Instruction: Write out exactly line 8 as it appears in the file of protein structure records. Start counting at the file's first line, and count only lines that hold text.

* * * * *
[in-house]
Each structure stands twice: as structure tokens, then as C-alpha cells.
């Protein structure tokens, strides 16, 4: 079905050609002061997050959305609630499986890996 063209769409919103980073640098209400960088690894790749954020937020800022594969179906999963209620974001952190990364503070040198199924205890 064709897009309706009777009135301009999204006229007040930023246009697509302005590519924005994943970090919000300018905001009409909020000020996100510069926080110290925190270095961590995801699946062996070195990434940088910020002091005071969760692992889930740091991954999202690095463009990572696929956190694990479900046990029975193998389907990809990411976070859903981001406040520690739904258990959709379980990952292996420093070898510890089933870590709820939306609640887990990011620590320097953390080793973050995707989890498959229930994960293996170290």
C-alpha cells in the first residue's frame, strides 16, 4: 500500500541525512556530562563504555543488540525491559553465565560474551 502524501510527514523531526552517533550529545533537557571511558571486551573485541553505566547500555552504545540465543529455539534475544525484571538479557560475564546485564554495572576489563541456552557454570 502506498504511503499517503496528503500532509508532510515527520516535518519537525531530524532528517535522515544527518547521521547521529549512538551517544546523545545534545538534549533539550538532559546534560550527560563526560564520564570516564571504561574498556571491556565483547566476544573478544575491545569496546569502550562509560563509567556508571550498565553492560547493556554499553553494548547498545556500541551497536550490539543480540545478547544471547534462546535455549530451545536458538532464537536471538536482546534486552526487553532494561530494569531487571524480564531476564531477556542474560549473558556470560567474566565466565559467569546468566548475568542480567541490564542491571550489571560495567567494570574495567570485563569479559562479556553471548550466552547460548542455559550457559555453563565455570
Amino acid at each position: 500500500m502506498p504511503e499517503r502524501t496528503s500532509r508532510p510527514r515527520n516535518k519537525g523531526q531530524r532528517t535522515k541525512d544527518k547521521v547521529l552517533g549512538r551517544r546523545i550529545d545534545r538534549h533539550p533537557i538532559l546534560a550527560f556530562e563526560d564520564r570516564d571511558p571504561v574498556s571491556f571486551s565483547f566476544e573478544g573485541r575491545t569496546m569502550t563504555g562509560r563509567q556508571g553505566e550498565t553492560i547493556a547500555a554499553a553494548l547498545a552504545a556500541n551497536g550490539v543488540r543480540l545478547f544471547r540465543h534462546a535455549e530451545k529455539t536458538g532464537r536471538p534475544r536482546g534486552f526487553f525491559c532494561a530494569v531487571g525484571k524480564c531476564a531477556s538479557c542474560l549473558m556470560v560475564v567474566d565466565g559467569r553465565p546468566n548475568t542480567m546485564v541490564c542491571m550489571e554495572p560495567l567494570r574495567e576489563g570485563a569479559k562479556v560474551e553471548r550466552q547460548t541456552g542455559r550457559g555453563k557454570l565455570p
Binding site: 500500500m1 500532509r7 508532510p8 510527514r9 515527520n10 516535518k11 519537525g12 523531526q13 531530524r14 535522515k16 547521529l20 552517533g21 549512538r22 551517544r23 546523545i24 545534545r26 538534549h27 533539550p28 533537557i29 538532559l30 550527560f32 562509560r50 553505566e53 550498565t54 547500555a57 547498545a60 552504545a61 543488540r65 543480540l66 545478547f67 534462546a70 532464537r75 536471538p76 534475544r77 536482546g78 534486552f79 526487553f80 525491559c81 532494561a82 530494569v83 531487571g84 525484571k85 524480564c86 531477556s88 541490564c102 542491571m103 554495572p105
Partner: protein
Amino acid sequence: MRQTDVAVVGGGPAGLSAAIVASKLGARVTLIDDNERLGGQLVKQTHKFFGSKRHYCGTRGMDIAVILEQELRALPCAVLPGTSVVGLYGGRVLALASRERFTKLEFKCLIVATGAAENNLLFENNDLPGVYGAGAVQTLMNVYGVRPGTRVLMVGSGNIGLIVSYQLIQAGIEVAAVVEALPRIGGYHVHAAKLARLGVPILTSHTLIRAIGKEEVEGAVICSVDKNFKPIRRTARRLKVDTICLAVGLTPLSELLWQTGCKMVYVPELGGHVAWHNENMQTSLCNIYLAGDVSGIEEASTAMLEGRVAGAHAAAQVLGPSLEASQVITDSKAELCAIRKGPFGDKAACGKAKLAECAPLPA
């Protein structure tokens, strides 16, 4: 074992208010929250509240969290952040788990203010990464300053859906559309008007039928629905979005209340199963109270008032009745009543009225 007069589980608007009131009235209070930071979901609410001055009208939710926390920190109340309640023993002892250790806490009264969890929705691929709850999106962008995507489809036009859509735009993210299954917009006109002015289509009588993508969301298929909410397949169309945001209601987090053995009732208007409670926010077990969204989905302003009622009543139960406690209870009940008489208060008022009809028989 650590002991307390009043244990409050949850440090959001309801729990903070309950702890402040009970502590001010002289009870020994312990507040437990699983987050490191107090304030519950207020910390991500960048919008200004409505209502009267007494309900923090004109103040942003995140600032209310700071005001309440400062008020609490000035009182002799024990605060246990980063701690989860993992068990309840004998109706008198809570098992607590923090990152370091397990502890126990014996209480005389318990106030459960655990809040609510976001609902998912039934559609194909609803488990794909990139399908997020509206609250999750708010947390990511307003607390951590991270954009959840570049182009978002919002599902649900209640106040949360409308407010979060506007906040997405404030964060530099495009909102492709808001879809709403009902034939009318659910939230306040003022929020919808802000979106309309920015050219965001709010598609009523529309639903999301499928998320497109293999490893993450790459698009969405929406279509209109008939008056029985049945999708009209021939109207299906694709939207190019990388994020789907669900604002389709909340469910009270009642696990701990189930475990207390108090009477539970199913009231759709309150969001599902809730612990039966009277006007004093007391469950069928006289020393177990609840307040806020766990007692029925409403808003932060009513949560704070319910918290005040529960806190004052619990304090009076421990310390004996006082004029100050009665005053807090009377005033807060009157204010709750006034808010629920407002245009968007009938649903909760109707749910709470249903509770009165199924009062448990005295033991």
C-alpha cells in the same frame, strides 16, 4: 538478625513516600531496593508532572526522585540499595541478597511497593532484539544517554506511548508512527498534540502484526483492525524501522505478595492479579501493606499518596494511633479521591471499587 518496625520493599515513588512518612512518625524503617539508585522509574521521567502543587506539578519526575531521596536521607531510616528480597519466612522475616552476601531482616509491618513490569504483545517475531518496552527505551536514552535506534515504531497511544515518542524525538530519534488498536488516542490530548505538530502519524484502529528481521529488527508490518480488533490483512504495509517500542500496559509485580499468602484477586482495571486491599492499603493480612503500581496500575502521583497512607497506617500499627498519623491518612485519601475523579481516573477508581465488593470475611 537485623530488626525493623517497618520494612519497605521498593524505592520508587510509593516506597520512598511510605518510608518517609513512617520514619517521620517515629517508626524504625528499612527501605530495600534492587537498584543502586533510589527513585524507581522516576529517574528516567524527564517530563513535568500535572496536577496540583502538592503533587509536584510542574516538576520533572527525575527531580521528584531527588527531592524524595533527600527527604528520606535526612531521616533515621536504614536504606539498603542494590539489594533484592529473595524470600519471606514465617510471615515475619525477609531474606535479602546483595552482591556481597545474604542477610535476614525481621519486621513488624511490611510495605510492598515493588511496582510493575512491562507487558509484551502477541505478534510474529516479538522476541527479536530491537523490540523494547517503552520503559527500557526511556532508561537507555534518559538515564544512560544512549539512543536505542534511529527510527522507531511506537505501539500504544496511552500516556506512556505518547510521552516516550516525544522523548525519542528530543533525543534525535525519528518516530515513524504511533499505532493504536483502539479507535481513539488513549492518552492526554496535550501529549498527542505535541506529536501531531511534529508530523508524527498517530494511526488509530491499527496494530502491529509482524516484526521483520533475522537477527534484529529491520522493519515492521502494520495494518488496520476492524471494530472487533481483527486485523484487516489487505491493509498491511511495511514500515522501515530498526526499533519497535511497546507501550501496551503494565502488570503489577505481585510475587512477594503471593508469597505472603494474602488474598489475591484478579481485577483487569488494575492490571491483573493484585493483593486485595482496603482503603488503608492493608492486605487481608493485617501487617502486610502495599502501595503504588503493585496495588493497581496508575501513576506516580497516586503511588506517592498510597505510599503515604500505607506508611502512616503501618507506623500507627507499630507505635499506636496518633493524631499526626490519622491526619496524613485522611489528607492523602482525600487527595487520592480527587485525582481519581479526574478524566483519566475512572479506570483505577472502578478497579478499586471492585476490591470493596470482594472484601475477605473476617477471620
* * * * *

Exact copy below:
Amino acid sequence: MRQTDVAVVGGGPAGLSAAIVASKLGARVTLIDDNERLGGQLVKQTHKFFGSKRHYCGTRGMDIAVILEQELRALPCAVLPGTSVVGLYGGRVLALASRERFTKLEFKCLIVATGAAENNLLFENNDLPGVYGAGAVQTLMNVYGVRPGTRVLMVGSGNIGLIVSYQLIQAGIEVAAVVEALPRIGGYHVHAAKLARLGVPILTSHTLIRAIGKEEVEGAVICSVDKNFKPIRRTARRLKVDTICLAVGLTPLSELLWQTGCKMVYVPELGGHVAWHNENMQTSLCNIYLAGDVSGIEEASTAMLEGRVAGAHAAAQVLGPSLEASQVITDSKAELCAIRKGPFGDKAACGKAKLAECAPLPA